authorized to receive service of process. Rather, they fully concede-- unapologetically-that they served an unknown person at American Motor Transportation’s business address
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because that was the address they found on the accident report. In essence, Plaintiffs
contend that because they made a “clear attempt to comply with the Louisiana Long Arm
Statute,” any error on their part is immaterial. Id. at 4.
To the contrary, the Court finds that under either acceptable method of service,
Plaintiffs’ service on American Motor Transportation was defective. Plaintiffs have not
provided any cause, much less good cause, for their insufficient service.
Further compounding the problem is that the Plaintiffs’ own filings are internally
inconsistent as to whether they attempted to serve American Motor Transportation with
only the Petition, or the Petition along with the Citation. See Record Documents 50 and
52. This latter issue is the flaw in Plaintiffs’ service on Johnson. The affidavit of service
does not indicate that a copy of the Citation was also served, nor does the docket reflect
this elsewhere. As set forth herein, service of both is required by law.
B. Time for Service
Rule 4(m) requires that a defendant must be served within 90 days after the
complaint is filed. In a removed case, the time for service begins to run from the date of
removal, not the date the complaint was filed in state court. Hunt v. Smith, 67 F. Supp. 2d
675, 684 (E.D. Tex. 1999); see 4 Wright & Miller, Federal Practice & Procedure, § 1137
(2016). Plainly, the 90 day service period has passed.
When a plaintiff does not serve a defendant within the required time period, the
Court is required to dismiss the case unless the plaintiff shows good cause for the failure.
Fed. R. Civ. P. 4(m). The plaintiff bears the burden of demonstrating good cause. Newby
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v. Enron Corp., 284 F. App’x. 146, 149 (5th Cir. 2008). Good cause must rise above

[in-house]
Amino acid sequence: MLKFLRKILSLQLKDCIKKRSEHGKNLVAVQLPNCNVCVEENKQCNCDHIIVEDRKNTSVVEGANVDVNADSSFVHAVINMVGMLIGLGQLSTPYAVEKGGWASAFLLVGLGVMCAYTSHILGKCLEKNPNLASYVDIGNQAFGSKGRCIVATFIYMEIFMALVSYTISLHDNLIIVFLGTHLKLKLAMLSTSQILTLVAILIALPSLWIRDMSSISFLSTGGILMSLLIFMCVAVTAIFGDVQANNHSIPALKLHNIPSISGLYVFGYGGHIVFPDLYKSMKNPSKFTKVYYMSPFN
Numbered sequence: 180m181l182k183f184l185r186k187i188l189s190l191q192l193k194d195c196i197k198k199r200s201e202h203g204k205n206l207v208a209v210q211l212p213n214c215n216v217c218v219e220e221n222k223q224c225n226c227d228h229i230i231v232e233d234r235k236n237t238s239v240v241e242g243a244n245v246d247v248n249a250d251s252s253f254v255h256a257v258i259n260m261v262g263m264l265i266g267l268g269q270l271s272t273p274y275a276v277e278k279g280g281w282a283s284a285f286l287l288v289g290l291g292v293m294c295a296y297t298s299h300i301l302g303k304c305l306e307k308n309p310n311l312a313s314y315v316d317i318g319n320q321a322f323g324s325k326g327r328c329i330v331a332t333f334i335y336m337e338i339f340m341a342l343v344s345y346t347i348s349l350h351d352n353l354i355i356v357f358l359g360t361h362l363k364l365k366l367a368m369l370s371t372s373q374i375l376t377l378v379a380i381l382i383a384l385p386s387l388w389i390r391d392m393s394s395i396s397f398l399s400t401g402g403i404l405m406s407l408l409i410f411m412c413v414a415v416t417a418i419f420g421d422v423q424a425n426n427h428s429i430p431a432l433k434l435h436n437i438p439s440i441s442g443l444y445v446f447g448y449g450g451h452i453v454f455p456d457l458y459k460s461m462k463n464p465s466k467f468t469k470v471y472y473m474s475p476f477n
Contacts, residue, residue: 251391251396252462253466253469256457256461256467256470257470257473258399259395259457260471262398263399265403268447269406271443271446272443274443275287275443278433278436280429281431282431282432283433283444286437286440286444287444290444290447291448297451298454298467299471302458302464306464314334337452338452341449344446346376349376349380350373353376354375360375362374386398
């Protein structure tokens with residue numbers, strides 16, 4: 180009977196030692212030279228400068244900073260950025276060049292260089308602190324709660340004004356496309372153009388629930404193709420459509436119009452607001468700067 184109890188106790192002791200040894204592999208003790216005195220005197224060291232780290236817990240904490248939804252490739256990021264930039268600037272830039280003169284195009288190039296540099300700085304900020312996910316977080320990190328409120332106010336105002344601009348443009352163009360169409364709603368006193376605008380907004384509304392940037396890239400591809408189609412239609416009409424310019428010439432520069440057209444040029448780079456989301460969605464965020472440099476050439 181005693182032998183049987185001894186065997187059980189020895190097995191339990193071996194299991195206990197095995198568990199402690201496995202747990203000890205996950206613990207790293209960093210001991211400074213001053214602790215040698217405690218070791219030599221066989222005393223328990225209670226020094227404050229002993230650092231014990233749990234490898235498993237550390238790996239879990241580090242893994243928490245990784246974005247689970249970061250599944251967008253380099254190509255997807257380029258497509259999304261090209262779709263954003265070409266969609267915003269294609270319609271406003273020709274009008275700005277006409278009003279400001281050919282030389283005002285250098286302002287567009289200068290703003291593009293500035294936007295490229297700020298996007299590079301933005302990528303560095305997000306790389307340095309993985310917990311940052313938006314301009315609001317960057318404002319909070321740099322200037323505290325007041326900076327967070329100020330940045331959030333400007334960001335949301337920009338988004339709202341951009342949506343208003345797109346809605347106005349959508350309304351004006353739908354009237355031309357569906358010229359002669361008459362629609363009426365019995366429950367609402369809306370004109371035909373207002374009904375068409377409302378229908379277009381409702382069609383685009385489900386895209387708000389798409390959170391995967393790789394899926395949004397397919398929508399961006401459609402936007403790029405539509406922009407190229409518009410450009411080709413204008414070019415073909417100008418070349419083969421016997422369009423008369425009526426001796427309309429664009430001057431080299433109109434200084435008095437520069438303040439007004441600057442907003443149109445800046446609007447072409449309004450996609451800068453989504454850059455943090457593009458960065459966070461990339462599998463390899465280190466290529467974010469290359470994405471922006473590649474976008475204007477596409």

“[s]imple inadvertence or mistake of counsel or ignorance of the rules.” Id. Plaintiff must
demonstrate “good faith . . . and some reasonable basis for noncompliance within the time
As previously mentioned, Plaintiffs have not presented any good cause for their
insufficient service, and in fact, they appear to be operating under the belief that service
was not insufficient. At no point prior to the Defendants’ motion did Plaintiffs ever move
for an extension of time for service. There is no reasonable basis for noncompliance with
the rules of civil procedure.
However, even if good cause is not shown, this Court has the discretion to extend
the time allowed for service. Newby, 284 F. App’x at 149. The Court may appropriately
exercise this discretion when, for example, the statute of limitations would bar a refiled
action, or when the defendant is evading service or conceals a defect in service. Id. Here,
the Court notes that Defendants did not file their motion to quash and/or dismiss until
discovery was about to close, nearly two years after the accident occurred and
approximately fifteen months after they removed the case to federal court. All three
Defendants are represented by the same counsel, and they do not claim to have suffered
any prejudice resulting from insufficient service. However, because they have never filed
an Answer, nor presumably have they participated in the discovery process, the Court will
upset the current scheduling order and allow time for the Plaintiffs to properly serve the
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For the reasons discussed above, Defendants’ motion to quash [Record Document
43], insofar as it requests that service of process on Johnson and American Motor
Transportation be quashed, is GRANTED. The alternative relief sought therein-- the
motion to dismiss and the motion to strike-- is DENIED. Plaintiffs are hereby allowed until
August 15, 2017 to properly serve the unserved Defendants. The current Scheduling
Order [Record Document 41] is hereby UPSET, and this case is referred to Magistrate
Judge Hayes for a scheduling conference to be held after service is properly effected and
documented in the record.
The Defendants’ subsequent motion to dismiss [Record
Document 53], based upon the same grounds discussed herein, is DENIED AS MOOT.
THUS DONE AND SIGNED in Shreveport, Louisiana, this 17th day of July, 2017.